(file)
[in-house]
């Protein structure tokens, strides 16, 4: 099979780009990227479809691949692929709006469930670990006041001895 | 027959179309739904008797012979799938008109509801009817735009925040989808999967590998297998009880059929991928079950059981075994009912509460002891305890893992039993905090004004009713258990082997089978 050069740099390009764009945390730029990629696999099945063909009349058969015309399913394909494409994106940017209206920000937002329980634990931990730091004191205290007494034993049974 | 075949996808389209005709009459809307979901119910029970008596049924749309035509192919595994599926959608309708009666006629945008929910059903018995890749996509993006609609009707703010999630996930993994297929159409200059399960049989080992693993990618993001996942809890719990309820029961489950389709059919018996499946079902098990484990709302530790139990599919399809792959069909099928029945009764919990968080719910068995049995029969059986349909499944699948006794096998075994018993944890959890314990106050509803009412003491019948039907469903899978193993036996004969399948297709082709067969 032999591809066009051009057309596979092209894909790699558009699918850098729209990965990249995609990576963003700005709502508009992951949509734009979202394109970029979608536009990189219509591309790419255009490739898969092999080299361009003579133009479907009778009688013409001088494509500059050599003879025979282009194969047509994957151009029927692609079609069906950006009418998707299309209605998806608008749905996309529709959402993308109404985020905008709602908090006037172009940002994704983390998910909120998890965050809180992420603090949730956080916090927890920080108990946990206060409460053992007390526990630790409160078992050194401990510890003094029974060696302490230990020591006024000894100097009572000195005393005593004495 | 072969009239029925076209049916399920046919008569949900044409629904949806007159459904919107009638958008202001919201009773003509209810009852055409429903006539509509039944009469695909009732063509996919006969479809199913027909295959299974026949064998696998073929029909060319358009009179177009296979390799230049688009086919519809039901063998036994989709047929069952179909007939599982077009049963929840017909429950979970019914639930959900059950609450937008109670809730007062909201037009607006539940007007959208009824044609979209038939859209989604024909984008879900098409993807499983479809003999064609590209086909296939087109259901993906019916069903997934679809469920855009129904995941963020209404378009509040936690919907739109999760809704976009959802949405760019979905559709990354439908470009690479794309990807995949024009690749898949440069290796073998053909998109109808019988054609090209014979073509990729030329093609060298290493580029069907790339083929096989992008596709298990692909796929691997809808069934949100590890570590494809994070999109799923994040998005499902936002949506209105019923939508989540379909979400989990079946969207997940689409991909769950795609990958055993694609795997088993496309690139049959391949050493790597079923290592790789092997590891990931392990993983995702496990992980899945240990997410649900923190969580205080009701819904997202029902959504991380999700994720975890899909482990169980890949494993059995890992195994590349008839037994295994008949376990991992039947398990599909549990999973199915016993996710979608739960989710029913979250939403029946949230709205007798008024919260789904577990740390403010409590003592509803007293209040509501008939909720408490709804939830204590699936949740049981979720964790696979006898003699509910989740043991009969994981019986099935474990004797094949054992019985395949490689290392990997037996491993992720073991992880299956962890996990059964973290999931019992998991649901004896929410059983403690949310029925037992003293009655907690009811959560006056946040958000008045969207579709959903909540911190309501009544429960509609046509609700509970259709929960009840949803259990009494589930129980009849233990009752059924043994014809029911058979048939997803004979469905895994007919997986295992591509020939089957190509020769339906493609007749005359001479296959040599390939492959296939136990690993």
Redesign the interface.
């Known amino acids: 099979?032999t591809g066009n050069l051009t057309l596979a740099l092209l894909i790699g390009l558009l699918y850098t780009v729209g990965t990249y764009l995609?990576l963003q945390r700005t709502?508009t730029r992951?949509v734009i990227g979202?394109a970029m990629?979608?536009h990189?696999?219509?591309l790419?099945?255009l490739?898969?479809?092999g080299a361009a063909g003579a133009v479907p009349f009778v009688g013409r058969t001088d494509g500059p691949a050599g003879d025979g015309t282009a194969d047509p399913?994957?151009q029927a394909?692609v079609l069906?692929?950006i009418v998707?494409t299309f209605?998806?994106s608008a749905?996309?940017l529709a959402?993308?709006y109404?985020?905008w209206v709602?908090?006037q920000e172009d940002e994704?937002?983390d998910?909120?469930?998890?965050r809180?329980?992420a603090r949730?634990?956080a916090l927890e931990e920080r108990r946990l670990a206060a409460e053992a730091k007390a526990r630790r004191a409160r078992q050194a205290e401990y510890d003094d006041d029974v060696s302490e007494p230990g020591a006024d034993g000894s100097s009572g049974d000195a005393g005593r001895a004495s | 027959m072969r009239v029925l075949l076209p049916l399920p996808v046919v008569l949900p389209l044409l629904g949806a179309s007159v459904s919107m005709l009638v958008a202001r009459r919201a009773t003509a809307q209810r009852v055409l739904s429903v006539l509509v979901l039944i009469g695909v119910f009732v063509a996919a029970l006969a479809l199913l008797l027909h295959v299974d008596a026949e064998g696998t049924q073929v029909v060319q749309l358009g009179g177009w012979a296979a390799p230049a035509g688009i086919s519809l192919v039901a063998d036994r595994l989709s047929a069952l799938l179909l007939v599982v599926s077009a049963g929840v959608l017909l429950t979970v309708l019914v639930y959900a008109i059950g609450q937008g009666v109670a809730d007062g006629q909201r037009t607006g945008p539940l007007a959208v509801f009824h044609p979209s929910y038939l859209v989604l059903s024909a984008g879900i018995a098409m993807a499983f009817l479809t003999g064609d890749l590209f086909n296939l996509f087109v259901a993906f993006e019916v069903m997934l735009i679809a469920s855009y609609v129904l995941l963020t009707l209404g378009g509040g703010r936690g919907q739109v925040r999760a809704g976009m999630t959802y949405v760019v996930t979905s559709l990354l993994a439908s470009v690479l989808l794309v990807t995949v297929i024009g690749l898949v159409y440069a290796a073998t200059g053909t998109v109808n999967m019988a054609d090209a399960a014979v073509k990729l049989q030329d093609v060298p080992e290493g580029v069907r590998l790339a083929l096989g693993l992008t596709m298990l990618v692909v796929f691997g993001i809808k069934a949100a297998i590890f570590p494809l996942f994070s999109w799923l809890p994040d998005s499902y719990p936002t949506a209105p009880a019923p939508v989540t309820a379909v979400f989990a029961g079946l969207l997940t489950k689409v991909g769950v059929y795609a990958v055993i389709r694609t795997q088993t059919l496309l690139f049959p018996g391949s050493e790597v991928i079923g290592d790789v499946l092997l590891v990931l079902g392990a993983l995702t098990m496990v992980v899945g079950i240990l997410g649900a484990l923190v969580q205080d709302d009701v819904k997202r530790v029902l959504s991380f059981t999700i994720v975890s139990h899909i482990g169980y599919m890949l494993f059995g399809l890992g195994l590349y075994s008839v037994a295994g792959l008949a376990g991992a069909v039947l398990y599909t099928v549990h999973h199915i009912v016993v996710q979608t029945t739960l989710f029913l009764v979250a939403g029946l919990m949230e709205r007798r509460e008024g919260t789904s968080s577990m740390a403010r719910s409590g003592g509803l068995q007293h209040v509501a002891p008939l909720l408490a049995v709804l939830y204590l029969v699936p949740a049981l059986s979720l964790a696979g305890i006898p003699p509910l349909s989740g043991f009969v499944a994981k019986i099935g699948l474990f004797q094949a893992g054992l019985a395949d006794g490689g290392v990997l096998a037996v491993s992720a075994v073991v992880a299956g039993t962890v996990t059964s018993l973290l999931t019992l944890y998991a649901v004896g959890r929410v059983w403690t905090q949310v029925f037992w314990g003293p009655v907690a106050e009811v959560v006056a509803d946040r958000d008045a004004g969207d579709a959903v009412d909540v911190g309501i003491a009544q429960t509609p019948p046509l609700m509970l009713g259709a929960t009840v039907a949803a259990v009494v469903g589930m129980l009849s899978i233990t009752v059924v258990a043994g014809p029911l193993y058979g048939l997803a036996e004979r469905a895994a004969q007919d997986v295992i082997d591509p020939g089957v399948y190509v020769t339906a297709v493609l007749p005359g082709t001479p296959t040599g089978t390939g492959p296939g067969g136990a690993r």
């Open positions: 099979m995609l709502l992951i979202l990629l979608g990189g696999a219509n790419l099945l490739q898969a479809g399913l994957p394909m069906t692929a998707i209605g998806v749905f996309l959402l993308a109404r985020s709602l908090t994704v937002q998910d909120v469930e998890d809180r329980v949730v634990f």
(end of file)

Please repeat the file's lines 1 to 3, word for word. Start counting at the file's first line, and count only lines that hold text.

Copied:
[in-house]
């Protein structure tokens, strides 16, 4: 099979780009990227479809691949692929709006469930670990006041001895 | 027959179309739904008797012979799938008109509801009817735009925040989808999967590998297998009880059929991928079950059981075994009912509460002891305890893992039993905090004004009713258990082997089978 050069740099390009764009945390730029990629696999099945063909009349058969015309399913394909494409994106940017209206920000937002329980634990931990730091004191205290007494034993049974 | 075949996808389209005709009459809307979901119910029970008596049924749309035509192919595994599926959608309708009666006629945008929910059903018995890749996509993006609609009707703010999630996930993994297929159409200059399960049989080992693993990618993001996942809890719990309820029961489950389709059919018996499946079902098990484990709302530790139990599919399809792959069909099928029945009764919990968080719910068995049995029969059986349909499944699948006794096998075994018993944890959890314990106050509803009412003491019948039907469903899978193993036996004969399948297709082709067969 032999591809066009051009057309596979092209894909790699558009699918850098729209990965990249995609990576963003700005709502508009992951949509734009979202394109970029979608536009990189219509591309790419255009490739898969092999080299361009003579133009479907009778009688013409001088494509500059050599003879025979282009194969047509994957151009029927692609079609069906950006009418998707299309209605998806608008749905996309529709959402993308109404985020905008709602908090006037172009940002994704983390998910909120998890965050809180992420603090949730956080916090927890920080108990946990206060409460053992007390526990630790409160078992050194401990510890003094029974060696302490230990020591006024000894100097009572000195005393005593004495 | 072969009239029925076209049916399920046919008569949900044409629904949806007159459904919107009638958008202001919201009773003509209810009852055409429903006539509509039944009469695909009732063509996919006969479809199913027909295959299974026949064998696998073929029909060319358009009179177009296979390799230049688009086919519809039901063998036994989709047929069952179909007939599982077009049963929840017909429950979970019914639930959900059950609450937008109670809730007062909201037009607006539940007007959208009824044609979209038939859209989604024909984008879900098409993807499983479809003999064609590209086909296939087109259901993906019916069903997934679809469920855009129904995941963020209404378009509040936690919907739109999760809704976009959802949405760019979905559709990354439908470009690479794309990807995949024009690749898949440069290796073998053909998109109808019988054609090209014979073509990729030329093609060298290493580029069907790339083929096989992008596709298990692909796929691997809808069934949100590890570590494809994070999109799923994040998005499902936002949506209105019923939508989540379909979400989990079946969207997940689409991909769950795609990958055993694609795997088993496309690139049959391949050493790597079923290592790789092997590891990931392990993983995702496990992980899945240990997410649900923190969580205080009701819904997202029902959504991380999700994720975890899909482990169980890949494993059995890992195994590349008839037994295994008949376990991992039947398990599909549990999973199915016993996710979608739960989710029913979250939403029946949230709205007798008024919260789904577990740390403010409590003592509803007293209040509501008939909720408490709804939830204590699936949740049981979720964790696979006898003699509910989740043991009969994981019986099935474990004797094949054992019985395949490689290392990997037996491993992720073991992880299956962890996990059964973290999931019992998991649901004896929410059983403690949310029925037992003293009655907690009811959560006056946040958000008045969207579709959903909540911190309501009544429960509609046509609700509970259709929960009840949803259990009494589930129980009849233990009752059924043994014809029911058979048939997803004979469905895994007919997986295992591509020939089957190509020769339906493609007749005359001479296959040599390939492959296939136990690993």
Redesign the interface.